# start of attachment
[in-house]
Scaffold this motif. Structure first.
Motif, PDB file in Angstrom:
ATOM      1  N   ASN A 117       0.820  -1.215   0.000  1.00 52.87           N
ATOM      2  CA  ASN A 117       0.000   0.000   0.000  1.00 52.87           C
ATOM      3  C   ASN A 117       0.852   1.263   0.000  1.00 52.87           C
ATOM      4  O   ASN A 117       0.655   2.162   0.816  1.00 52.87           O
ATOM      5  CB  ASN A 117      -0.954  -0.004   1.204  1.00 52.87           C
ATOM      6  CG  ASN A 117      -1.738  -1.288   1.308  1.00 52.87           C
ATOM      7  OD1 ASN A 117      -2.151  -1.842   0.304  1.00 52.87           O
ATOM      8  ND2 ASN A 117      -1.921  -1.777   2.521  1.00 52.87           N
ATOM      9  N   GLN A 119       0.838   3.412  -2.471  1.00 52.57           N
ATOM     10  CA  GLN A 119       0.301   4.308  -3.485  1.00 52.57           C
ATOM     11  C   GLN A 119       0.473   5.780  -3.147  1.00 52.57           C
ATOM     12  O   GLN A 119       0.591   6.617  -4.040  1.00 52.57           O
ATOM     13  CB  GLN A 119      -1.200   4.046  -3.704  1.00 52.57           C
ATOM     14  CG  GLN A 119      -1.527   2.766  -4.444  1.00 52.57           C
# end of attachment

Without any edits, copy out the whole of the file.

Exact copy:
[in-house]
Scaffold this motif. Structure first.
Motif, PDB file in Angstrom:
ATOM      1  N   ASN A 117       0.820  -1.215   0.000  1.00 52.87           N
ATOM      2  CA  ASN A 117       0.000   0.000   0.000  1.00 52.87           C
ATOM      3  C   ASN A 117       0.852   1.263   0.000  1.00 52.87           C
ATOM      4  O   ASN A 117       0.655   2.162   0.816  1.00 52.87           O
ATOM      5  CB  ASN A 117      -0.954  -0.004   1.204  1.00 52.87           C
ATOM      6  CG  ASN A 117      -1.738  -1.288   1.308  1.00 52.87           C
ATOM      7  OD1 ASN A 117      -2.151  -1.842   0.304  1.00 52.87           O
ATOM      8  ND2 ASN A 117      -1.921  -1.777   2.521  1.00 52.87           N
ATOM      9  N   GLN A 119       0.838   3.412  -2.471  1.00 52.57           N
ATOM     10  CA  GLN A 119       0.301   4.308  -3.485  1.00 52.57           C
ATOM     11  C   GLN A 119       0.473   5.780  -3.147  1.00 52.57           C
ATOM     12  O   GLN A 119       0.591   6.617  -4.040  1.00 52.57           O
ATOM     13  CB  GLN A 119      -1.200   4.046  -3.704  1.00 52.57           C
ATOM     14  CG  GLN A 119      -1.527   2.766  -4.444  1.00 52.57           C